Now that you know how to identify whether they are living in your home, find out how they could get inside and where they could possibly hide once they get into your abode.
4. Ways They Get into Your Home
Bed bugs don’t usually have direct access to your house unless you brought them there in the first place.
How do they enter with you without you noticing?
They enter your home by coming with luggage and furniture items, such as carpets, lamps, tables, beds, and couches. Once they enter your place, they can roam to various areas like the windows, pipes, gutters, wiring, and the cracks in your walls. These pests prefer to stay in spaces that occupants in your house frequent.
5. Places They Hide
These insects prefer to hide in places that are dark and protected. Moreover, they like to stay on surfaces made out of wood, fabric, and paper—close to where humans sleep. They also often hide in the folds and seams of couches, mattresses, bed frames and box springs, under loose carpets and rugs, and in the cracks and creases of luggage and furniture.
Even if bed bugs are not known to carry disease, they are a pest of significant public health importance. They are part of a group of blood-sucking ectoparasites that also include head lice and body lice. Their differences in the biology of similar species of pests can greatly impact their ability to transmit disease.
These pests can cause a variety of negative effects on the mental health, physical health, and even in economic consequences. There are a lot of people that have a mild to severe allergic reaction to bed bug bites, with effects that range from no reaction to a small bite mark to (in some cases) anaphylaxis or severe whole-body reaction. They can also affect the mental health of people living in infested homes in the forms of systemic reactions, anxiety, and insomnia.
Due to the noted decline in the population of these pests in the latter half of the 20th century, research on the health effects of bed bugs has been very limited. Additional information is needed to determine the reasons for the resurgence of this pest, their potential to transmit disease, as well as their impact on public health—now that their populations are rapidly increasing.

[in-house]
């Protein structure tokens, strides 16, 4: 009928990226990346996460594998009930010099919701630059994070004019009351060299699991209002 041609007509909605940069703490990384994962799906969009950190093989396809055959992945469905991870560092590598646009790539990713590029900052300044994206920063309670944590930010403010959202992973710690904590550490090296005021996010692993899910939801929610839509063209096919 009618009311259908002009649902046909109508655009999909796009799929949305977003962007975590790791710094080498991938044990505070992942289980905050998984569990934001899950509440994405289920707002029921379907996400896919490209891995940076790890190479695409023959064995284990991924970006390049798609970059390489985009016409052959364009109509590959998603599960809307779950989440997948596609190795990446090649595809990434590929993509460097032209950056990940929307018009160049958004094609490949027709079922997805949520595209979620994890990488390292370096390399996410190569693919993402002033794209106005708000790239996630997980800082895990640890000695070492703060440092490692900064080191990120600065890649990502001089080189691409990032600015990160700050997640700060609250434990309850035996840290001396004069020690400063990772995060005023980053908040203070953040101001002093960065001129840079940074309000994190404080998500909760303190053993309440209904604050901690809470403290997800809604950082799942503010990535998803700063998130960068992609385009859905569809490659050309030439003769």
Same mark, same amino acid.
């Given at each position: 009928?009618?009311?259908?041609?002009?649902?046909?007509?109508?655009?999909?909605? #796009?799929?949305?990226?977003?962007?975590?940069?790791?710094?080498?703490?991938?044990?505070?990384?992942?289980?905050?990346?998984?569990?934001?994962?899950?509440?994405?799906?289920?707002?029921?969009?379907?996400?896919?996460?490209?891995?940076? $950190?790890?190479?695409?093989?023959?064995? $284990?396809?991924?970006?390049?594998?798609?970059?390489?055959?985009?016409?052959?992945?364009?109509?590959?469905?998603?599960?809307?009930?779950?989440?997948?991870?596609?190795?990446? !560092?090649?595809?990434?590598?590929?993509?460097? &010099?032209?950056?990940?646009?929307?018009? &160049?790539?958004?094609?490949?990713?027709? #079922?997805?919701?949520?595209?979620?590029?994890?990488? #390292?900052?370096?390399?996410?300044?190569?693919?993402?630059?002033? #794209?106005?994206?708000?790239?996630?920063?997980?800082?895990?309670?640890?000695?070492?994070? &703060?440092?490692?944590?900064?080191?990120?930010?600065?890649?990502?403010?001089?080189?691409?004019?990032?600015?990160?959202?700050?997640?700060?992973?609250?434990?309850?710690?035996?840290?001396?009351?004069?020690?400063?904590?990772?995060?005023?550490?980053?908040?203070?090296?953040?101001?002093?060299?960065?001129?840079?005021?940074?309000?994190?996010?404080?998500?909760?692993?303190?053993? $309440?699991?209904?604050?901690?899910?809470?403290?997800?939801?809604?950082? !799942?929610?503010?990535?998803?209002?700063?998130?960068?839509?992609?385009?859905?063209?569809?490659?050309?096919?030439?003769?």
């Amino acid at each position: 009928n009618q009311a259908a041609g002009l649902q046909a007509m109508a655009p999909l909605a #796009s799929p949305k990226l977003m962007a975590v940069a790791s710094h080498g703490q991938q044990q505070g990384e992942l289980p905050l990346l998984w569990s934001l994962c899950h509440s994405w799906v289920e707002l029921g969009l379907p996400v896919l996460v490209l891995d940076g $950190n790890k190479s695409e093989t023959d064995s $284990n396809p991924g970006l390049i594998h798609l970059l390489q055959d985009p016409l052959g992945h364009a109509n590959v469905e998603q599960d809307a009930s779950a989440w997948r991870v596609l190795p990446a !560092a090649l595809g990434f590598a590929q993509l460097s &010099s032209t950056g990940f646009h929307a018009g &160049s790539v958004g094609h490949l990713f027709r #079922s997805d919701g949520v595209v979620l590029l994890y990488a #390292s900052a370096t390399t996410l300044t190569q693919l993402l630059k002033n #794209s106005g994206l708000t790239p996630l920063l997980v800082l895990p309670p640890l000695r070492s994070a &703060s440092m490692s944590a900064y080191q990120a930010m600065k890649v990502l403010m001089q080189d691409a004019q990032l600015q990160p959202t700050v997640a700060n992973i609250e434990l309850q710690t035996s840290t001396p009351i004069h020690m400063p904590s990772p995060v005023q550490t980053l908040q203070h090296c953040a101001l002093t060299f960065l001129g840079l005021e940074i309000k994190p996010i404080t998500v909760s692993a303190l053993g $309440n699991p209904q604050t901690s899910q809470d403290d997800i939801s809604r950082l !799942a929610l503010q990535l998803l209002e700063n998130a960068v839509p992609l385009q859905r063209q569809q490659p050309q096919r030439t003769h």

Infestations can also be a burden on society through its economic effects. Although the exact dollar amount is unknown, the economic losses from health care, reduced productivity, lost wages, and lost revenue can be very substantial. Because bed bug control usually requires multiple visits by a licensed pest control operator, the cost of completely eliminating an infestation may cost much more than eliminating other pests.
Diligence on the part of those who currently have bed bugs in their home is also an important part of the control. Single-family home infestations are easier to control compared to multi-family homes because the pests frequently travel between units. Coordinating and encouraging participation from multiple residents can also incur additional costs and complexities.
Controlling a bed bug infestation is challenging when a community starts to experience it due to the limited resources often available to local public health departments. Bed bugs are not seen as a priority and organizations even have trouble delegating those who are responsible for controlling them. Landlords and tenants alike often dispute who is responsible for the cost of control and treatment.
It is much easier to stop a bed bug infestation before it starts. Here are some tips that can help you prevent having bed bugs in your home in the first place.
1. Inspect Second-Hand Clothing and Furniture
Everyone likes finding a good deal on used items. However, before you bring these used items into your home, inspect them carefully to make sure that they do not have bed bugs or any signs of infestation. Some signs to look out for are adult bed bugs, eggs, and nymphs that may be hiding in creases, folds, cracks, seams, loose areas, and tears. You should also look out for signs of brown sugar-like matter or dark red spots.